Sprint Nextel and its hardware partners sought to convince a small audience at the Consumer Electronics Show that their WiMax plans are on track, despite the recent departure of Sprint's CEO and the dissolution of its partnership with Clearwire.
"We are exactly where we said we'd be," said Barry West, Sprint Nextel's CTO and president of the company's Xohm WiMax business unit. Sprint is in the process of soft launching in Chicago and Baltimore, he said.
Executives from Nokia and Samsung said they both expect to have user devices ready for the second quarter launch. In addition, Motorola said it is working on a device that will operate over Sprint's EV-DO (Evolution-Data Optimised) cellular network, Wi-Fi and WiMax.
Since the ouster of Gary Forsee, the former CEO and chairman of Sprint Nextel, who was thought to be a champion of the company's WiMax plans, onlookers have speculated that the network might not roll out as planned. In addition, Sprint Nextel ended a partnership with Clearwire to jointly deploy WiMax, a further cause for uncertainty. Sprint has been haemorrhaging mobile subscribers and recording declining revenues since its purchase of Nextel.
Beyond the unrest internally at Sprint, the company faces critics of WiMax who say that the technology won't work as well as cellular technologies in a mobile environment and that it won't support international roaming as easily as the cellular standards.
But in describing the reasons why Sprint chose WiMax and why it intends to aggressively pursue the network, West further sought to soothe market qualms about the future.
"Being first to market is a huge advantage," he said. "And WiMax technology is here, now and mature."
While an investment in a totally new technology requires a strong reason for change, this won't be the first time Sprint's doing it, he noted. WiMax doesn't follow on the upgrade path for CDMA (Code Division Multiple Access), the basis for Sprint's cellular network, so it requires a totally new network.
Sprint did that first when it moved from an analog cellular network to digital, West said. The same went for the move to third-generation technology, although in that case Sprint stuck with the CDMA path.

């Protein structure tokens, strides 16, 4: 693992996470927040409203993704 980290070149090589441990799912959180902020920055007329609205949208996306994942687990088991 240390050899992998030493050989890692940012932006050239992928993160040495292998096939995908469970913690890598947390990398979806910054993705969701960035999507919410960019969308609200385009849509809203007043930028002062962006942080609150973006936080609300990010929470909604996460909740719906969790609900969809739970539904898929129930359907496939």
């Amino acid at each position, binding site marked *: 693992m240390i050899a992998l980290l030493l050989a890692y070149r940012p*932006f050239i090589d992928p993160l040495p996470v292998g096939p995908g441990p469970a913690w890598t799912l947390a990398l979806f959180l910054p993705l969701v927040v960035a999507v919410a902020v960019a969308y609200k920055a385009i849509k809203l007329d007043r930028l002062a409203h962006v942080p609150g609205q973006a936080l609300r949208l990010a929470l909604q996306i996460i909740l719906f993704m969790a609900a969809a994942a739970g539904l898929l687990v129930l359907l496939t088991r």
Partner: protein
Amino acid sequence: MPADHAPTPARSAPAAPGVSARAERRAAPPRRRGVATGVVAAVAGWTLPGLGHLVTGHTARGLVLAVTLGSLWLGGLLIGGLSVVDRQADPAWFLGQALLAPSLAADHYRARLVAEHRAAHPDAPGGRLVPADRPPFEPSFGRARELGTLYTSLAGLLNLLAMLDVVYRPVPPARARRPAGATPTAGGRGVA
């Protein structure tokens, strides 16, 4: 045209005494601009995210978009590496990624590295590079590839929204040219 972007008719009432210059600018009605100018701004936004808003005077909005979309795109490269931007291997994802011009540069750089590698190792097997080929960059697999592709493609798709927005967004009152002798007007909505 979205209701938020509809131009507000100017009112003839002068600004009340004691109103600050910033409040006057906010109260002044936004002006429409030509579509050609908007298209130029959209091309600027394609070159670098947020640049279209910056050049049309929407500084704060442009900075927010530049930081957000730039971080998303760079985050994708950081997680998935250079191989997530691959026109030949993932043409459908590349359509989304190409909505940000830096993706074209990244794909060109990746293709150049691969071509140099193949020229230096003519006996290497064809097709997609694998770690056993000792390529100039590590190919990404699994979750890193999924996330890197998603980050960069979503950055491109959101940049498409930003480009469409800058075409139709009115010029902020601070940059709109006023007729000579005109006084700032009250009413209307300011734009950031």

Sprint also considered LTE (Long Term Evolution), a fourth-generation mobile technology, but one big disadvantage is that it's not yet available, he said.
Moving to WiMax represents a shift to a new air interface technology: OFDM (Orthogonal Frequency Division Multiplexing) instead of CDMA, which is the basis of the current 3G technologies. According to West, when CDMA is deployed in a wider section of spectrum, which helps boost throughput, the computational complexity required goes up exponentially. That requires higher performance chips which come with a steep price tag, he said.
With WiMax, Sprint plans to use a wide section of spectrum that can dynamically switch from carrying data up or down, depending on user requirements, he said.
With Xohm, Sprint will allow any WiMax-compliant device to run on the network, he said. End users will buy the devices themselves, probably at a variety of retail stores and hopefully for a low price because vendors expect the cost of WiMax chips to drop dramatically, like Wi-Fi.
While West declined to cite specific prices, he said a monthly subscription to Xohm will be comparable to existing DSL (Digital Subscriber Line) rates.
Initially, Sprint will sell PC cards and modems but by the end of this year as many as ten different kinds of devices could be available, he said. Navigation and gaming devices are possibilities, he said.